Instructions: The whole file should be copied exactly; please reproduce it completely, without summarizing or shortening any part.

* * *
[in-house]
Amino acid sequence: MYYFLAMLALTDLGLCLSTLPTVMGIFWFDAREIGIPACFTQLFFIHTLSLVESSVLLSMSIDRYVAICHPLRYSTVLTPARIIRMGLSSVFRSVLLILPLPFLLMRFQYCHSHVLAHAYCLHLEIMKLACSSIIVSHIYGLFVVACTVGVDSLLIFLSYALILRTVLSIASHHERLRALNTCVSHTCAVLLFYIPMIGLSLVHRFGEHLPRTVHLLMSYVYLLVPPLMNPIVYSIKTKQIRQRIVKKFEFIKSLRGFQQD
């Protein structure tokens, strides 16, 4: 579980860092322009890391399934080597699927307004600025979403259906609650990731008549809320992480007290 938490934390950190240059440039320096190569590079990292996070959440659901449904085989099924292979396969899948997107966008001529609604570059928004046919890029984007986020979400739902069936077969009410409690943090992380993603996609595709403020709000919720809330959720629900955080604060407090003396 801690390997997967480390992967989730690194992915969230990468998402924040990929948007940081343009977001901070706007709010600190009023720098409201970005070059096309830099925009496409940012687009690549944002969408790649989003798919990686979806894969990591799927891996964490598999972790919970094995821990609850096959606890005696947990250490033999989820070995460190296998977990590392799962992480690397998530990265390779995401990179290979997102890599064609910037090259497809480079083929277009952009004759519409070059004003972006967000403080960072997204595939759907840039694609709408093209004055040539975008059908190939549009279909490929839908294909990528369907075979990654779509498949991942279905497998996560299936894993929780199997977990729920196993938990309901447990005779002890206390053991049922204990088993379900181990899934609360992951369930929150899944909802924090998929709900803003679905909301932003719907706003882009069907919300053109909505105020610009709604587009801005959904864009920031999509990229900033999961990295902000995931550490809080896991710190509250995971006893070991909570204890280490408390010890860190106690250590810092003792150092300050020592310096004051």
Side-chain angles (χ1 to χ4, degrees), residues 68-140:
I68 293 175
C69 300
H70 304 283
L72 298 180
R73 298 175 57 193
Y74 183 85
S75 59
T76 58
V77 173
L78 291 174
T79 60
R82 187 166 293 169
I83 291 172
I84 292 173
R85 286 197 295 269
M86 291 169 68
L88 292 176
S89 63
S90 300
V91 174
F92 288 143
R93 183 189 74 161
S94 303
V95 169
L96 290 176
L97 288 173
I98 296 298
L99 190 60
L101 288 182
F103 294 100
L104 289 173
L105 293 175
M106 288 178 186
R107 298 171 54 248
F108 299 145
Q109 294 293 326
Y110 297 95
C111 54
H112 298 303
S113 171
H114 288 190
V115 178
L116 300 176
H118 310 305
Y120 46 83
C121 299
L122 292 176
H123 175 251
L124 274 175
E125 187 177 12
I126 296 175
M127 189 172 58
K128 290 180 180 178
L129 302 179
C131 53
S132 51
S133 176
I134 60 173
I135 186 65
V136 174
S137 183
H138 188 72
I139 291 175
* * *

[in-house]
Amino acid sequence: MYYFLAMLALTDLGLCLSTLPTVMGIFWFDAREIGIPACFTQLFFIHTLSLVESSVLLSMSIDRYVAICHPLRYSTVLTPARIIRMGLSSVFRSVLLILPLPFLLMRFQYCHSHVLAHAYCLHLEIMKLACSSIIVSHIYGLFVVACTVGVDSLLIFLSYALILRTVLSIASHHERLRALNTCVSHTCAVLLFYIPMIGLSLVHRFGEHLPRTVHLLMSYVYLLVPPLMNPIVYSIKTKQIRQRIVKKFEFIKSLRGFQQD
């Protein structure tokens, strides 16, 4: 579980860092322009890391399934080597699927307004600025979403259906609650990731008549809320992480007290 938490934390950190240059440039320096190569590079990292996070959440659901449904085989099924292979396969899948997107966008001529609604570059928004046919890029984007986020979400739902069936077969009410409690943090992380993603996609595709403020709000919720809330959720629900955080604060407090003396 801690390997997967480390992967989730690194992915969230990468998402924040990929948007940081343009977001901070706007709010600190009023720098409201970005070059096309830099925009496409940012687009690549944002969408790649989003798919990686979806894969990591799927891996964490598999972790919970094995821990609850096959606890005696947990250490033999989820070995460190296998977990590392799962992480690397998530990265390779995401990179290979997102890599064609910037090259497809480079083929277009952009004759519409070059004003972006967000403080960072997204595939759907840039694609709408093209004055040539975008059908190939549009279909490929839908294909990528369907075979990654779509498949991942279905497998996560299936894993929780199997977990729920196993938990309901447990005779002890206390053991049922204990088993379900181990899934609360992951369930929150899944909802924090998929709900803003679905909301932003719907706003882009069907919300053109909505105020610009709604587009801005959904864009920031999509990229900033999961990295902000995931550490809080896991710190509250995971006893070991909570204890280490408390010890860190106690250590810092003792150092300050020592310096004051």
Side-chain angles (χ1 to χ4, degrees), residues 68-140:
I68 293 175
C69 300
H70 304 283
L72 298 180
R73 298 175 57 193
Y74 183 85
S75 59
T76 58
V77 173
L78 291 174
T79 60
R82 187 166 293 169
I83 291 172
I84 292 173
R85 286 197 295 269
M86 291 169 68
L88 292 176
S89 63
S90 300
V91 174
F92 288 143
R93 183 189 74 161
S94 303
V95 169
L96 290 176
L97 288 173
I98 296 298
L99 190 60
L101 288 182
F103 294 100
L104 289 173
L105 293 175
M106 288 178 186
R107 298 171 54 248
F108 299 145
Q109 294 293 326
Y110 297 95
C111 54
H112 298 303
S113 171
H114 288 190
V115 178
L116 300 176
H118 310 305
Y120 46 83
C121 299
L122 292 176
H123 175 251
L124 274 175
E125 187 177 12
I126 296 175
M127 189 172 58
K128 290 180 180 178
L129 302 179
C131 53
S132 51
S133 176
I134 60 173
I135 186 65
V136 174
S137 183
H138 188 72
I139 291 175